By Jacob Goldstein
Here's the short answer: Renminbi is the official name for the currency, and yuan is the main unit of currency.
Here's the long answer, plus a bonus audio clip to teach you how to say "yuan" and "renminbi" in Mandarin:
First, the audio clip. Thanks to Ying Wu, a professor of economics at Salisbury University in Maryland, for helping me understand the difference between yuan and renminbi -- and for teaching me to say the words in Mandarin, his native language. Here's how to say both words:
Now, the explanation:
1. Imagine a country that decided to use silver as its official currency. You couldn't just say, "Dude, you owe me seven silver." You'd need some kind of units. Pounds, for example. As in, "Dude, you owe me seven pounds of silver."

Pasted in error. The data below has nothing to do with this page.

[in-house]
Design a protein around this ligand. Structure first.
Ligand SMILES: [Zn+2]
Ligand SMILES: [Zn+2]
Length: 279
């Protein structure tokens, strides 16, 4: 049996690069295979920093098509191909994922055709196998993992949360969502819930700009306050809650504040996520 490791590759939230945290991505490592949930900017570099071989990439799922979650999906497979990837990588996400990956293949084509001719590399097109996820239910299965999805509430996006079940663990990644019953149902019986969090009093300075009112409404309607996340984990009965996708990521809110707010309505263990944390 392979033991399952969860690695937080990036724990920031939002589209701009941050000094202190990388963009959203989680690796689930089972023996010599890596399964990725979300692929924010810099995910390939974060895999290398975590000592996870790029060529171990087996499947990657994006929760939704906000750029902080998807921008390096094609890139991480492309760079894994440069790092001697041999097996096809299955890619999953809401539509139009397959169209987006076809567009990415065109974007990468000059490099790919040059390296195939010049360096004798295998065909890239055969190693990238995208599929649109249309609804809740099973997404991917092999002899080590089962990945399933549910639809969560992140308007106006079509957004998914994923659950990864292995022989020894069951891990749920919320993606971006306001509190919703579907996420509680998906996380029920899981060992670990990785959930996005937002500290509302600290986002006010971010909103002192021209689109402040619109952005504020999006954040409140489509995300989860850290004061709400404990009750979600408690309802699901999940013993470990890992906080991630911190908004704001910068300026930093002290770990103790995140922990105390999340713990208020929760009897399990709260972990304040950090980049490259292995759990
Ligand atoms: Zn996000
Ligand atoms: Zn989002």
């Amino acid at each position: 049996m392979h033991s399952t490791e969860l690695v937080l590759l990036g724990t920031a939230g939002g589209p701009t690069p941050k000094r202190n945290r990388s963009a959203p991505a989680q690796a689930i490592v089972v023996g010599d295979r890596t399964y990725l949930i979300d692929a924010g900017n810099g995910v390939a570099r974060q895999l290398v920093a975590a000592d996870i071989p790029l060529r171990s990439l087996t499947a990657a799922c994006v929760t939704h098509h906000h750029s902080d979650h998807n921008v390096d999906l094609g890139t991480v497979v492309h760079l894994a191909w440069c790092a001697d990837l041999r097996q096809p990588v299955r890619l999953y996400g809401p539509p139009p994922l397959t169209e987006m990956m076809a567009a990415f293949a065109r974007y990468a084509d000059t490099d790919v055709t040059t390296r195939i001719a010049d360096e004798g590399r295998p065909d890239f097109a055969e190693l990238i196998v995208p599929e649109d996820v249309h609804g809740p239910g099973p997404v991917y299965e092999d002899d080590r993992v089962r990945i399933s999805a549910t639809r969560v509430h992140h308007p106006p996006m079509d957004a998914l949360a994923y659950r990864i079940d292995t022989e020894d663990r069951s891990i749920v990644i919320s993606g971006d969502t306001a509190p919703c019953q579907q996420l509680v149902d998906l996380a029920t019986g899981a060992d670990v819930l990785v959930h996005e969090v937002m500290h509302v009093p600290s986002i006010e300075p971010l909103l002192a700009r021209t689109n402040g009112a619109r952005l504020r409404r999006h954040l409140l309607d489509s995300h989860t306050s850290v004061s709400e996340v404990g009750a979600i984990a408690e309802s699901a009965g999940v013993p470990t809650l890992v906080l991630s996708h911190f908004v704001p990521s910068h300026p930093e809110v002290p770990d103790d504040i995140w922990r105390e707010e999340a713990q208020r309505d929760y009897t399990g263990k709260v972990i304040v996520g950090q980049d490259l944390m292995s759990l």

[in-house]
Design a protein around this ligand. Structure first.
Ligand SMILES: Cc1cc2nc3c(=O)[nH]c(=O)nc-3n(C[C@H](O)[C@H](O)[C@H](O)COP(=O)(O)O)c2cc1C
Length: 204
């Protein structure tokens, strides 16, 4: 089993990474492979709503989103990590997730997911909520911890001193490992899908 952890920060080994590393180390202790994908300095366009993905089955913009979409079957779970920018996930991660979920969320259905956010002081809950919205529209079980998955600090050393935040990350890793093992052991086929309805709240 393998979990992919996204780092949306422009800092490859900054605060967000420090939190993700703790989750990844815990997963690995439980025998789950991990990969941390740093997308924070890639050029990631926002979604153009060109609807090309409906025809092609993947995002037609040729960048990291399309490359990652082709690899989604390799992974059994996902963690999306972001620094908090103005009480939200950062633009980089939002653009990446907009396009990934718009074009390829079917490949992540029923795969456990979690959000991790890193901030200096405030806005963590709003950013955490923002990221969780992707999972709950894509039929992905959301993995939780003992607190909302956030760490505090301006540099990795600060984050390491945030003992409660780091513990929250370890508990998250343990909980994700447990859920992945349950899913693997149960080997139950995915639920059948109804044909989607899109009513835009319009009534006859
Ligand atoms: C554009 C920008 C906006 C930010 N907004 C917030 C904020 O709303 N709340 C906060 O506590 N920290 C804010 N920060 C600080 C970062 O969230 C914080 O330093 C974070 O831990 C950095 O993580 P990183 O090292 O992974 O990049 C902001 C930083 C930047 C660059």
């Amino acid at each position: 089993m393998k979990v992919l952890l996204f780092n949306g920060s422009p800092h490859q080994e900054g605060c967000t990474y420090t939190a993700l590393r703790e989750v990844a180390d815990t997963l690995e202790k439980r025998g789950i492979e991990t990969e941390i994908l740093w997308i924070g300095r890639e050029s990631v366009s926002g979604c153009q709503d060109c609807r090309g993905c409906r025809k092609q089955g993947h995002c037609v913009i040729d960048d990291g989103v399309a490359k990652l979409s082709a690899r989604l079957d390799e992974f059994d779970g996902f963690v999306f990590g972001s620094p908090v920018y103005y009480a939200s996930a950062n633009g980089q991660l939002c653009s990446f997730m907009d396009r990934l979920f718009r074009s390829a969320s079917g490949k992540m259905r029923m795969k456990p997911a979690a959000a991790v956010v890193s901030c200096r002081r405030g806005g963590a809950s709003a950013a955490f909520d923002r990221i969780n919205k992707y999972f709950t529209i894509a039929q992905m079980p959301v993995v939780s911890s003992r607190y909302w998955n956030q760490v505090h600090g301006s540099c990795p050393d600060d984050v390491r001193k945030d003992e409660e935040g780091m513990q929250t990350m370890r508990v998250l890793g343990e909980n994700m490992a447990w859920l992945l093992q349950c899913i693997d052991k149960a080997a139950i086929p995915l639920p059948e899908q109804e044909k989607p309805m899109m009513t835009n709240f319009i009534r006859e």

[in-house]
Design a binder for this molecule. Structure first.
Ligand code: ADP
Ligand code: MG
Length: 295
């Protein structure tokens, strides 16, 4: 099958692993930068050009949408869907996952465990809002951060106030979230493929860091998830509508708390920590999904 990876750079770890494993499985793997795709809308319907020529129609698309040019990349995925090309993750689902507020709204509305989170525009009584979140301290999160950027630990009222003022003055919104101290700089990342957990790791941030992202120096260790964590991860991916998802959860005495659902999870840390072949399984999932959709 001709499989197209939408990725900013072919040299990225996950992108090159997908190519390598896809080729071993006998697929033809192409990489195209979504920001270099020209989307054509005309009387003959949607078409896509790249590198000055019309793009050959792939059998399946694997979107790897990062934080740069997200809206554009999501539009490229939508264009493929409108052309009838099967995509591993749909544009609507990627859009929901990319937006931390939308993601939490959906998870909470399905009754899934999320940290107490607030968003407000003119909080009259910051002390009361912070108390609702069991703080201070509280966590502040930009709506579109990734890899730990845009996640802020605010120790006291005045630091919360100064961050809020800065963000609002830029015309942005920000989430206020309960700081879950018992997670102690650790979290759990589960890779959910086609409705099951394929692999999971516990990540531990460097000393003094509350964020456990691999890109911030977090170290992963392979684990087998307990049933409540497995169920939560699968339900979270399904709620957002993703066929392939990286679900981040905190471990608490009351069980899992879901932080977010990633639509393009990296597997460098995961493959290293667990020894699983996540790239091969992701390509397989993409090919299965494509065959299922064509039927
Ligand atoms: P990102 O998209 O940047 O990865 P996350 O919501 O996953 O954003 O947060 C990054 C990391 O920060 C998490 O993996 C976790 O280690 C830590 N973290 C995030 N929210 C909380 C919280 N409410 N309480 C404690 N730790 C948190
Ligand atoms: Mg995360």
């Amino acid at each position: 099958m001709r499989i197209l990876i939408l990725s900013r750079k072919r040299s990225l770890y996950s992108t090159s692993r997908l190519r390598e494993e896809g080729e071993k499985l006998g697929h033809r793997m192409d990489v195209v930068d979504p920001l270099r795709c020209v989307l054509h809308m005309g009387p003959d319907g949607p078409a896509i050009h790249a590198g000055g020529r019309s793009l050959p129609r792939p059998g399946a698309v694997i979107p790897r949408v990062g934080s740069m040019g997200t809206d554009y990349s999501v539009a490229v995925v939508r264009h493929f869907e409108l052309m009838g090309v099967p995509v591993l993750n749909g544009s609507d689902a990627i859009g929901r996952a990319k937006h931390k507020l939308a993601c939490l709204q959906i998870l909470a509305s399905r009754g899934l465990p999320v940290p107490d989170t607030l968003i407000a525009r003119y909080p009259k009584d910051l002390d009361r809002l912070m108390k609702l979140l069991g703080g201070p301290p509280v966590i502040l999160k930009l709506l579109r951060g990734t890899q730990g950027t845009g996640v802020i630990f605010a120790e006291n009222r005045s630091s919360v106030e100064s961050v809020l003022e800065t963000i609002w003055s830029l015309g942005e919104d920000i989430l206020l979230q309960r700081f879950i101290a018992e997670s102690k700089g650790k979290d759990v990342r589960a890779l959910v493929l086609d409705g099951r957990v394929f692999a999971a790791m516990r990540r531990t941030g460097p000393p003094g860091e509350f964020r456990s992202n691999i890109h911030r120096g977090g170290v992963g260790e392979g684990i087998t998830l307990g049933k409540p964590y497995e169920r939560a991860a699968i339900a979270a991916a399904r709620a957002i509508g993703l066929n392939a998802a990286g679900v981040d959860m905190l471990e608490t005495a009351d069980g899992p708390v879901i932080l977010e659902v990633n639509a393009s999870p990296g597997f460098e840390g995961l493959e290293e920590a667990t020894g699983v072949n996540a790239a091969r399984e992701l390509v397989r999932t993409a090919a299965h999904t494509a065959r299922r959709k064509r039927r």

This something like what England did a long time ago -- it made sterling the currency, and pounds the main unit. Today, most people just say "pounds." Even though you can't go into a bank and trade a British pound for a pound of sterling silver, official documents (like this report from the Bank of England) still refer to the currency in abstract terms as "sterling."
2. For China, the currency is renbminbi. But, just like you can't say, "You owe me seven silver," you also can't say, "You owe me seven renminbi." The units are yuan, so you'd say, "You owe me seven yuan." At current exchange rates, one dollar gets you about seven yuan.
When you're speaking abstractly -- not about some particular number of yuan -- it's correct to say renminbi. You argue over whether the renminbi is undervalued in the same way you can argue over whether silver is undervalued.
Alex and David will have lots more in today's podcast on the fight over the value of the renminbi. We'll post the podcast on the blog later this afternoon.